Inertia in New Keynesian Modeling

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I cannot just yet let the GEM Blog examination of Carlin and Soskice’s Macroeconomics (2015) go. It is very interesting to me how much rational-behavior generalized-exchange modeling would enhance that text, making it uniquely important. The advantage of the 2nd edition  is its construction on Early Keynesian (EK) attentiveness to sluggish adjustment of nominal wages and prices that interact with adverse demand disturbances to generate involuntary job loss and reduced output. The EK model is transparently stabilization-relevant. The disadvantage is the C&S reversion to demand centricity shares the debilitating Early Keynesian problem of not being rooted in optimization and equilibrium, the two fundamental tenets of economic theory. This post looks at one more example of the mischief that results when model-building guidance from irrational assumptions of convenience replaces guidance from rational behavior.

In a section near the end of the text, entitled “sources of persistence in state-of-the-art NK models”, C&S (p. 610) write: “In the NK DSGE models found in central banks, many adjustments [i.e., irrational assumptions] are made to the model to allow it to capture the persistence of inflation and in the output response to shocks that characterize real economic data. The model which many central banks have used is a version of the Smets-Wouters (2003, 2007) model. This model incorporates features which are introduced to better match the sluggish adjustment of the economy such as:

  1. partial indexation of prices and wages, which introduces lagged inflation into the Phillips curve;
  2. habit formation in consumption and investment adjustment costs, which introduces a role for lagged output in the IS curve;
  3. lags in the Taylor rule, which introduces the lagged interest rate in the Taylor rule….”

Also from C&S: “These sources of persistence are necessary for NK DSGE models to fit the data. They considerably complicate the models and make it difficult to uncover the role played by micro-foundations that stem from the origins of the model in the RBC modeling tradition.”

The first source cited is no more than a particular restatement of the EK keystone assumption of wage catch-up to past inflation that motivated early Phillips curves. It  blatantly violates the New Neoclassical Synthesis (NNS) prohibition of irrational assumptions of convenience. If positing “partial indexation” absent microfoundations is OK, EK stabilization-relevant modeling should be welcomed back, with apologies, into mainstream thinking. Related, but worse, the NK hypocrisy here continues to damage rational-behavior model-building guidance. (Recall the post two weeks ago.)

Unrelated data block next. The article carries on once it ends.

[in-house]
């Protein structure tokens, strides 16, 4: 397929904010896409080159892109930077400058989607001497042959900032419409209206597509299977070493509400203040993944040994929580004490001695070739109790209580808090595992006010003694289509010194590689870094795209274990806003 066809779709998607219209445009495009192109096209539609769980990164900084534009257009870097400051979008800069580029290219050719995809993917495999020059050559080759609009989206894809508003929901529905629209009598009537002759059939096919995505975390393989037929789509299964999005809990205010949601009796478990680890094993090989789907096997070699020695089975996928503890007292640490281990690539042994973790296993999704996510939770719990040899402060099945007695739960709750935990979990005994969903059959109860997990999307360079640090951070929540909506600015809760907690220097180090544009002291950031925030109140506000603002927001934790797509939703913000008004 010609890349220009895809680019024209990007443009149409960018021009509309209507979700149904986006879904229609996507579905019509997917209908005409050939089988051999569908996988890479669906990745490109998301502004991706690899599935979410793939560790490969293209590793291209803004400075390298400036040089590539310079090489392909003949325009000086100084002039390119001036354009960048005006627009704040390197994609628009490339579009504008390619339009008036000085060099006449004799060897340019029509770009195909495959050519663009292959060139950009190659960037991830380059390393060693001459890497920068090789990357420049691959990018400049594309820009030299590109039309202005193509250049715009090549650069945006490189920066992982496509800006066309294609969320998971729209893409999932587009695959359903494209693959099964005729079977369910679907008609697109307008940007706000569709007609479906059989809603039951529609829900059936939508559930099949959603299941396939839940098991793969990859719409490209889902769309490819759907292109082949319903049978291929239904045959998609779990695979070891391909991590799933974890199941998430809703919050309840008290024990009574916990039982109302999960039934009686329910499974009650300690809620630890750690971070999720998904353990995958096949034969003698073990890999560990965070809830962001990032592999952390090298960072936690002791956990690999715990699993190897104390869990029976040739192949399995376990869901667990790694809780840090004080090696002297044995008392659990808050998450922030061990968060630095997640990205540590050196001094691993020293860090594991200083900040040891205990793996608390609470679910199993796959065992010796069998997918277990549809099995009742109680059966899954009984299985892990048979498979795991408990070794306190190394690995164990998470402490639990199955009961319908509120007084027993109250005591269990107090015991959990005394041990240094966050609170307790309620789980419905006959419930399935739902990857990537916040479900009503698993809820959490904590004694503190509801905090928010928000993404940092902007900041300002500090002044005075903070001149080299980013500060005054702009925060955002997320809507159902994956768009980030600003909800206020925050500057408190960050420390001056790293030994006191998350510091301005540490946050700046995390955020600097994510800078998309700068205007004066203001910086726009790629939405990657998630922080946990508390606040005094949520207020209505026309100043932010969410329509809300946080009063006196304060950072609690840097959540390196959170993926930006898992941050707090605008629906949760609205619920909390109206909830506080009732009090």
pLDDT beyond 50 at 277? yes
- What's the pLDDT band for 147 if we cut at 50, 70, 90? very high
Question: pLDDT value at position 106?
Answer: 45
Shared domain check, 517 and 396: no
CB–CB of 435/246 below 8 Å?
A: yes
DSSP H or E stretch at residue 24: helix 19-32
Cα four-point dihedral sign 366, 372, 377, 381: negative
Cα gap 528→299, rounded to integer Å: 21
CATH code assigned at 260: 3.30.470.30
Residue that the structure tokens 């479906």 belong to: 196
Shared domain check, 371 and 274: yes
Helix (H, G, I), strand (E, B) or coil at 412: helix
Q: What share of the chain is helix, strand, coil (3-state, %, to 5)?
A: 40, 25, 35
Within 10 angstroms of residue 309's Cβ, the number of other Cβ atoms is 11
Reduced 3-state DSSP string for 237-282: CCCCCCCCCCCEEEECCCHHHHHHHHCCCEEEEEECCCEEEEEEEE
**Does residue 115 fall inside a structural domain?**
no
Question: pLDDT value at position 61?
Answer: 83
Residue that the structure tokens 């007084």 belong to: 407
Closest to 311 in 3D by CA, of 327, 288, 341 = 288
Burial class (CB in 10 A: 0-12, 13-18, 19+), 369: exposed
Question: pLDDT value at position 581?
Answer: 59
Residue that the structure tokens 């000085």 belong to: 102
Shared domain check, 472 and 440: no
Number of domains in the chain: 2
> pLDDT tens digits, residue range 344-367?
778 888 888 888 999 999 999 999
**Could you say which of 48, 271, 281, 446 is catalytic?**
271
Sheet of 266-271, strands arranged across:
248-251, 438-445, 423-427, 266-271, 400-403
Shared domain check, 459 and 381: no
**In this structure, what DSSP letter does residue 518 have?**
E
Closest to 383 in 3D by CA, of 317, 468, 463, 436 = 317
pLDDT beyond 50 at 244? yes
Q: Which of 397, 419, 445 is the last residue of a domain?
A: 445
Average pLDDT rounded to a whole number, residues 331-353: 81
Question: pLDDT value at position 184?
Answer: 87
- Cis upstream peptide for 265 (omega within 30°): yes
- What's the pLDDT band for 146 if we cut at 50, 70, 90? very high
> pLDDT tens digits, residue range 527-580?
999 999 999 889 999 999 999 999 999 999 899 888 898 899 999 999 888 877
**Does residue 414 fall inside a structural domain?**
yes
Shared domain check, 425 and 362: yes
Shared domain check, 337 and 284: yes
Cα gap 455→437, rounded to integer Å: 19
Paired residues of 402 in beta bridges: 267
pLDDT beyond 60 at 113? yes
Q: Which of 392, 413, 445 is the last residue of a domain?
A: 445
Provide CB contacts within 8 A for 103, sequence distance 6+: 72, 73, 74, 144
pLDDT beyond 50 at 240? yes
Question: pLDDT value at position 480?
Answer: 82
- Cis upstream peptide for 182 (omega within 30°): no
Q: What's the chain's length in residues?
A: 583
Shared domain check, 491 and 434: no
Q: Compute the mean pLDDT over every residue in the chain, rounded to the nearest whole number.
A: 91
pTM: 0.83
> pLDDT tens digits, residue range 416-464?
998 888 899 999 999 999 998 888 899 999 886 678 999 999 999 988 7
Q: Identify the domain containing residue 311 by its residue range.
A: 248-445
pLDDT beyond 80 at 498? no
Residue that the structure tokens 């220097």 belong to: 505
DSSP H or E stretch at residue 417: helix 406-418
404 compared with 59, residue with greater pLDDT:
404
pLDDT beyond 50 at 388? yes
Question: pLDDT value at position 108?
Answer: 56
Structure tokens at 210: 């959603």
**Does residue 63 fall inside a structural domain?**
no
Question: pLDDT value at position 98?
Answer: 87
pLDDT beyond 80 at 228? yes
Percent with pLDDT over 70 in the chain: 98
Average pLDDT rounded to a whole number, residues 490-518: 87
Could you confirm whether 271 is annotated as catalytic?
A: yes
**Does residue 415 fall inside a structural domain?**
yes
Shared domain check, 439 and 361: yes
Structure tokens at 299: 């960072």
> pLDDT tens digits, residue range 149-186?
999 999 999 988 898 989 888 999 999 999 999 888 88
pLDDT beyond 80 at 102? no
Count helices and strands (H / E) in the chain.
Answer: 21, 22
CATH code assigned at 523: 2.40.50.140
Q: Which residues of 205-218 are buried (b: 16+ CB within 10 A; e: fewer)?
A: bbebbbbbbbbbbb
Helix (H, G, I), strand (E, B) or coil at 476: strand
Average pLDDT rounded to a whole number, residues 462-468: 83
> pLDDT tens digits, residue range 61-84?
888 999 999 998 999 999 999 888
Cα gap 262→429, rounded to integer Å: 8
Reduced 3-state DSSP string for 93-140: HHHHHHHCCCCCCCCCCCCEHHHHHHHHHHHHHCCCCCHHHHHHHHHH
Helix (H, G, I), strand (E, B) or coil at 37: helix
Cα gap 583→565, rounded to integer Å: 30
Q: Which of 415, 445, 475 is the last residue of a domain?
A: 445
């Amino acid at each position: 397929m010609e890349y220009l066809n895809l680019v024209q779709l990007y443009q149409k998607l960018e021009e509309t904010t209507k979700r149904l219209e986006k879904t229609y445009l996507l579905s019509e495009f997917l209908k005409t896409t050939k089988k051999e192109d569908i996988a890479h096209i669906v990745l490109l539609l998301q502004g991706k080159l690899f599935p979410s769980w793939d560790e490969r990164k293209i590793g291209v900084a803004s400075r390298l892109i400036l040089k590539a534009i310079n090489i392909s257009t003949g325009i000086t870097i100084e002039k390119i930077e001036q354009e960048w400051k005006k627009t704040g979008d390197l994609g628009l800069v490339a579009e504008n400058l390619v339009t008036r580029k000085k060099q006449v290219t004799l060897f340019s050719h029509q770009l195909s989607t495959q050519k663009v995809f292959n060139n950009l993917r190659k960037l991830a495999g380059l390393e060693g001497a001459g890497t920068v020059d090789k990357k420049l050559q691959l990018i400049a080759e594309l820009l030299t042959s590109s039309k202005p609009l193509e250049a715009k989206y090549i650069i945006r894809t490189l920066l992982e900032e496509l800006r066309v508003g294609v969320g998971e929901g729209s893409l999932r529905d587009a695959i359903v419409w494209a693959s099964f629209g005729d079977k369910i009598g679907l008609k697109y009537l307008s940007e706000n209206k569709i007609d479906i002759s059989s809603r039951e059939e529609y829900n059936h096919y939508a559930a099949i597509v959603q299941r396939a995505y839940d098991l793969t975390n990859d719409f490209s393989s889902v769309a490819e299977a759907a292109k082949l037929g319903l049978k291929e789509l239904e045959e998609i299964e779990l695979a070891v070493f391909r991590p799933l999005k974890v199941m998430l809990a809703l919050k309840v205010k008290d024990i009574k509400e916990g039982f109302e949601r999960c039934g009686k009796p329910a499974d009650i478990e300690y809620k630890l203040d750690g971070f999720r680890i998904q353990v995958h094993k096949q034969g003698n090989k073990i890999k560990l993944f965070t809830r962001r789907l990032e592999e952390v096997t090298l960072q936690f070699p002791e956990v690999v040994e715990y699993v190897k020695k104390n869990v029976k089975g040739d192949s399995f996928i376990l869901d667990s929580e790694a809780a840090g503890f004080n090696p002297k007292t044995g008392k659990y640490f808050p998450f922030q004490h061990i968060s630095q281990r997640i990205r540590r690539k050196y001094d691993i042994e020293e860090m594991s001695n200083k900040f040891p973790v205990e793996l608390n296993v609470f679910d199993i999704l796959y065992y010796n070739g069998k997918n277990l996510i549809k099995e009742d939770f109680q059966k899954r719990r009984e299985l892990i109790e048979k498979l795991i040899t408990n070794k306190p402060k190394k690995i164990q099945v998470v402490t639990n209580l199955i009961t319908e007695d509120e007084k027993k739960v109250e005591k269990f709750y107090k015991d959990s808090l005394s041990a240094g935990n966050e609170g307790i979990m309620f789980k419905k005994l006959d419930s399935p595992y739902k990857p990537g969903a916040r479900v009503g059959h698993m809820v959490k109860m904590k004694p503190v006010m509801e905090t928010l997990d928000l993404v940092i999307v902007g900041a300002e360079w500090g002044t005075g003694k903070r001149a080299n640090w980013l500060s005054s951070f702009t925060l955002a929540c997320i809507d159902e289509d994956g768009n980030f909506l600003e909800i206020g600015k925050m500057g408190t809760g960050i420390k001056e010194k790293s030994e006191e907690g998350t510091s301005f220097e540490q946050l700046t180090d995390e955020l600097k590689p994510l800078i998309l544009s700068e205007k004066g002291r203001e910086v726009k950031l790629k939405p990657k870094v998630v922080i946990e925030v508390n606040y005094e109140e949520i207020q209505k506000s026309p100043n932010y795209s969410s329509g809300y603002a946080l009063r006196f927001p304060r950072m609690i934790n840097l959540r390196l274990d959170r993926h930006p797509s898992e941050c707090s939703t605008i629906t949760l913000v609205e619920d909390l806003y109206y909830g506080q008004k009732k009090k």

The second inertia source is more non-microfounded assumptions of convenience. C&S cite “the consumption function discussed at the end of Chapter 1, where a proportion of households use rule of thumb behaviour and base their consumption decisions on current income, whilst the rest are modelled as using the forward-looking permanent income hypothesis. Another frequently used rationalization is the idea of habit formation in consumption, which produces slow adjustment to income shocks.” It is instructive here that the GEM Project microfounds income as the principal driver of consumption and carefully constructs a framework for the analysis of habit-formation, both demonstrating the superiority of rational behavior in model-building guidance. Third, Taylor-rule lags is macro-speak for the obvious point that stabilization authorities experience recognition and implementation lags in responding to demand shocks. But logic and experience indicate that this is not a significant practical issue. Such lags have never generated problematic inflation momentum.

So far, the analysis has not been kind to mainstream NK theorists. Their supposed causes of macro inertia are little more than assumptions of convenience that embarrassingly contravene the New Neoclassical Synthesis and provide misleading model-building guidance. The especially hard fact is that the NK sources of inflation persistence cannot coexist with wage recontracting. They cannot rationally suppress that bedrock mechanism of neoclassical market-centric modeling.

Meanwhile, the generalized-exchange macro model, with its microfounded MWR, easily solves the nominal persistence problem. Its primary contribution here is the derivation of optimizing catch-up to past inflation in wage determination in workplaces restricted by costly, asymmetric employer-employee information. But, and this is important, not even microfounded wage-price persistence is able to rationally suppress wage recontracting. In a choice between losing one’s job or a wage reduction that does not violate opportunity costs, the latter is the worker’s only rational choice. The Keynesian reliance on lagged nominal wages/inflation to motivate recognizable macro cyclicality is, in GEM modeling, replaced by optimizing MWR.

In GEM Phillips curve analysis, the significant nominal-to-real action switches from lagged inflation to the careful specification of the role of unemployment, which is greatly influenced by the microfounding of MWR. Adequate analysis of the Phillips relation and related rational suppression of wage recontracting cannot be done in the NK market-centric general-equilibrium modeling. Next week’s post continues our look at the Phillips curve.

Blog Type: New Keynesians Saint Joseph, Michigan

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